1. Scanlan, James P. JD

Article Content

In their recent article recommending that relative measures of health disparities always be presented in terms of adverse outcomes,1 Keppel and Pearcy cite two articles of mine as observing "that a decrease in the relative disparity in rates of infant survival (a favorable outcome) is associated with an increase in the relative disparity in rates of infant mortality (an adverse outcome)."2,3 This characterization, while technically accurate, obscures the central point of those articles and the issues that point raises about the measurement of health disparities.


The referenced articles described the statistical tendency whereby, whenever two groups differ in their susceptibility to an outcome, the rarer the outcome the greater the relative disparity in experiencing it and the smaller the relative disparity in avoiding it. One implication of that tendency is that as mortality declines, demographic disparities in mortality rates will tend to increase and demographic disparities in survival rates will tend to decline. The association of declining disparities in infant survival rates with increasing disparities in infant mortality rates-which occurred during periods of overall declines in infant mortality-is just one example of that tendency.


But it is a systematic tendency. It can be observed in virtually any data set that allows one to examine the situation at various points in a continuum where two groups have different distributions of factors related to experiencing or avoiding some outcome (eg, income data, test score distributions). But it is no less present when the distributions cannot be directly observed. Until the health disparities research community recognizes the tendency and attempts to take it into account, we will derive little of value from the substantial resources committed to that research. The recommendation of Keppel and Pearcy that relative disparities always be measured in terms of adverse outcomes by no means addresses this issue. Regardless of whether one examines adverse or favorable outcomes, one still has to take the referenced tendency into account in order to determine whether changes in relative disparities are other than the natural consequence of changes in the prevalence of the outcome.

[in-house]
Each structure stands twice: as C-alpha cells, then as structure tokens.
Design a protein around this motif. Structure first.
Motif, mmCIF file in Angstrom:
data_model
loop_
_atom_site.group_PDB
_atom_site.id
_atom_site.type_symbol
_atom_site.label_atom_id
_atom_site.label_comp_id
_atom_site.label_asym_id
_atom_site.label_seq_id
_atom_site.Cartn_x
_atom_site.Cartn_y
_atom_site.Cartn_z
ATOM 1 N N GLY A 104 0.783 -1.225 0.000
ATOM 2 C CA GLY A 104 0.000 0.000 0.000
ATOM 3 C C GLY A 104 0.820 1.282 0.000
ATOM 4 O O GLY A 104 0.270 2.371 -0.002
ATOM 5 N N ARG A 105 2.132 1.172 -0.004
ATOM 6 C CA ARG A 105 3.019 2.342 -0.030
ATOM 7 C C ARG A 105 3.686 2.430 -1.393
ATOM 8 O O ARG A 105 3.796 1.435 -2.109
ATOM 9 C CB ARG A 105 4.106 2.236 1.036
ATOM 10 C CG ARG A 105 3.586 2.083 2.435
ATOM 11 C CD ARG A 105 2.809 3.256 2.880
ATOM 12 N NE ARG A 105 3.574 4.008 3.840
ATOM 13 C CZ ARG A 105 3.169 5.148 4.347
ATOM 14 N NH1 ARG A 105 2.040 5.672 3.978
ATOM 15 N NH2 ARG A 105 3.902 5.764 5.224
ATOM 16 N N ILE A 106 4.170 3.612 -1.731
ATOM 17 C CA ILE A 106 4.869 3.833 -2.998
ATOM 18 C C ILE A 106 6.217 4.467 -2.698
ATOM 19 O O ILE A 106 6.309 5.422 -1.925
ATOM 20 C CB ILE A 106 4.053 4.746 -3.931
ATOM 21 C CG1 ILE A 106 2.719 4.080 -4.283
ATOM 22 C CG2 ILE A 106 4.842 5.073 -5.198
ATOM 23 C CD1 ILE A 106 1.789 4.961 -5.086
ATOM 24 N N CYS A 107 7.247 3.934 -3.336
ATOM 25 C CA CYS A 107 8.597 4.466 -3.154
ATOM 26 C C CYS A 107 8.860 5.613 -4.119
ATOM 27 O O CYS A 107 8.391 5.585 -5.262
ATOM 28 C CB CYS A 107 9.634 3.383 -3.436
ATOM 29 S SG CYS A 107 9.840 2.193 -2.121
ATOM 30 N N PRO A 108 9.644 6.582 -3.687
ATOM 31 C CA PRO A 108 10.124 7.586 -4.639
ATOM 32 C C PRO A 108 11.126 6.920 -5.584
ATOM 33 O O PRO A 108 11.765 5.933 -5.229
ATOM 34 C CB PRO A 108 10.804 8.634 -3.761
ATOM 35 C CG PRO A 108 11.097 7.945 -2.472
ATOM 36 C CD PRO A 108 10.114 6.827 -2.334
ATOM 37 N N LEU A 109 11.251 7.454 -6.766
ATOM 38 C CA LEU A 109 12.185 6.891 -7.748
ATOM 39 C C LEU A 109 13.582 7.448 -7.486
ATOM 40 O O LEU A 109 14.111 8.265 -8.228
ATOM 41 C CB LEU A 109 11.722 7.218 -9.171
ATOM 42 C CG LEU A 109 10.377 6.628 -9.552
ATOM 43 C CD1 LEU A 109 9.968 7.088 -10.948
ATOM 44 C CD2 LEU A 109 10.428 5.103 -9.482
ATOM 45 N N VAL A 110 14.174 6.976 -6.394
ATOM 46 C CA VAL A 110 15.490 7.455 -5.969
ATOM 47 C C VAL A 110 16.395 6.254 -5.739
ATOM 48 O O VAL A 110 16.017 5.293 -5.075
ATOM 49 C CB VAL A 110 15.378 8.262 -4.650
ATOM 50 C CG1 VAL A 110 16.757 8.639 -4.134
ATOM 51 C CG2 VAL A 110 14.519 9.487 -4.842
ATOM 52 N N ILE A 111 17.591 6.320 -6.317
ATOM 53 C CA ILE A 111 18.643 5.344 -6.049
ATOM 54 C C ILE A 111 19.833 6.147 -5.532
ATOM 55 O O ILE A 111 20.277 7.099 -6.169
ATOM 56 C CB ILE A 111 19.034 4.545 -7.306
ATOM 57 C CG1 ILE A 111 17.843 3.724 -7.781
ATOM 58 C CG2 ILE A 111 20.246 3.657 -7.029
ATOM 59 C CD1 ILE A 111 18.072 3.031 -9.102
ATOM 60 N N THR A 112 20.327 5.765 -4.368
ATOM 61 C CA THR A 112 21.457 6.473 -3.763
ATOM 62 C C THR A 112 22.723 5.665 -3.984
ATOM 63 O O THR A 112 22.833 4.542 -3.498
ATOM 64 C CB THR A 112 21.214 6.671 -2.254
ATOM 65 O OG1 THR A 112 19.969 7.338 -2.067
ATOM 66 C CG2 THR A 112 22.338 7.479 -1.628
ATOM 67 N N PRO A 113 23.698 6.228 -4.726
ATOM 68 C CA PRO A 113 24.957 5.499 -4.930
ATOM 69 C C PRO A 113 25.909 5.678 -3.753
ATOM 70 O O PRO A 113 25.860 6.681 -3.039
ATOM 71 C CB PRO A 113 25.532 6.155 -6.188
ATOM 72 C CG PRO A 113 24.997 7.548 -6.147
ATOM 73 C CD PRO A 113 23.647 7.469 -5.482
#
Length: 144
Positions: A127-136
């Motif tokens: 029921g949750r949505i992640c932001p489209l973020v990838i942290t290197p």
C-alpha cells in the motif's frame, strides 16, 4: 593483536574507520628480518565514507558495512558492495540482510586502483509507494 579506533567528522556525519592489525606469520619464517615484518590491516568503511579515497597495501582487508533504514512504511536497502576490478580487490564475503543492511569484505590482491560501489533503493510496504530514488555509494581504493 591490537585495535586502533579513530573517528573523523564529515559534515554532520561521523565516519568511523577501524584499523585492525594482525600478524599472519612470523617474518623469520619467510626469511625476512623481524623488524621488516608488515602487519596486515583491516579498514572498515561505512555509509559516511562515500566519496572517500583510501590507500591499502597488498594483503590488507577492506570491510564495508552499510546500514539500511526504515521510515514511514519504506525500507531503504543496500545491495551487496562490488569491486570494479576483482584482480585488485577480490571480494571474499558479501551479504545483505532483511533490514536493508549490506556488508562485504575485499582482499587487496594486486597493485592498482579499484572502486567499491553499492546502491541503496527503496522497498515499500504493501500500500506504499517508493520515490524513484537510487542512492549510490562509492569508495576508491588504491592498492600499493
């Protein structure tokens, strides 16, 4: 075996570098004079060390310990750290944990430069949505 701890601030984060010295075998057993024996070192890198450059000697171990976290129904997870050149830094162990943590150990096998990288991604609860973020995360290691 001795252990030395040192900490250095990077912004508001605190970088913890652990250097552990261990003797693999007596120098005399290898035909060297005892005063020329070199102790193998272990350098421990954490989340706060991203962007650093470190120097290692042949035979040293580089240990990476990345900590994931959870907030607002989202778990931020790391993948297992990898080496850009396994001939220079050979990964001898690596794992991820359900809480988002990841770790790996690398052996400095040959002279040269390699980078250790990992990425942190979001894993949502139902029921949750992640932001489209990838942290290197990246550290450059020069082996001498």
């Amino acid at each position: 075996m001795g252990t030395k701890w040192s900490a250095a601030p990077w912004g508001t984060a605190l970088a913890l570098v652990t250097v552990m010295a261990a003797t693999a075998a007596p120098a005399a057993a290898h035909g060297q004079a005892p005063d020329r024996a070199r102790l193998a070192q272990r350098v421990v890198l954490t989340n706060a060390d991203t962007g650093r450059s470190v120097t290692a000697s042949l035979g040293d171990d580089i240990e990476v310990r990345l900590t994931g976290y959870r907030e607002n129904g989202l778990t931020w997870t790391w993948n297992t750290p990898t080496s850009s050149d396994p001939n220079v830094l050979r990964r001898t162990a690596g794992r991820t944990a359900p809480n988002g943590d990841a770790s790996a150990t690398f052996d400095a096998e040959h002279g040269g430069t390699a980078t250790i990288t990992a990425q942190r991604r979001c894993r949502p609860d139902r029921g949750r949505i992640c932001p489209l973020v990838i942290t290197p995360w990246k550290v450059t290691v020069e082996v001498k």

Keppel and Pearcy also note that the absolute differences between the rates at which two groups experience an adverse outcome are the same as the absolute differences in the rates avoiding the outcome. That might be seen as a reason to favor absolute differences over relative differences in measuring health disparities. Furthermore, absolute differences are useful for indicating how large a proportion of the disadvantaged group is affected by its greater susceptibility to an adverse outcome. Like relative differences, however, absolute differences tend to change when there occurs an overall change in the prevalence of an outcome. Hence, like changes in relative differences, changes in absolute difference are useful for determining whether there has been a true change in the relative well-being of two groups only if such changes are interpreted with an understanding of the types of changes that occur simply because of a change in the prevalence of the outcome.4




1. Keppel KG, Pearcy JN. Measuring relative disparities in terms of adverse events. J Public Health Manag Pract. 2005;11(6):479-483. [Context Link]


2. Scanlan JP. Divining difference. Chance. 1994;7(4):38-39, 48. [Context Link]


3. Scanlan JP. Race and mortality. Society. 2000;37(2):19-35. [Context Link]


4. Scanlan JP. Can we actually measure health disparities? Chance. In press. [Context Link]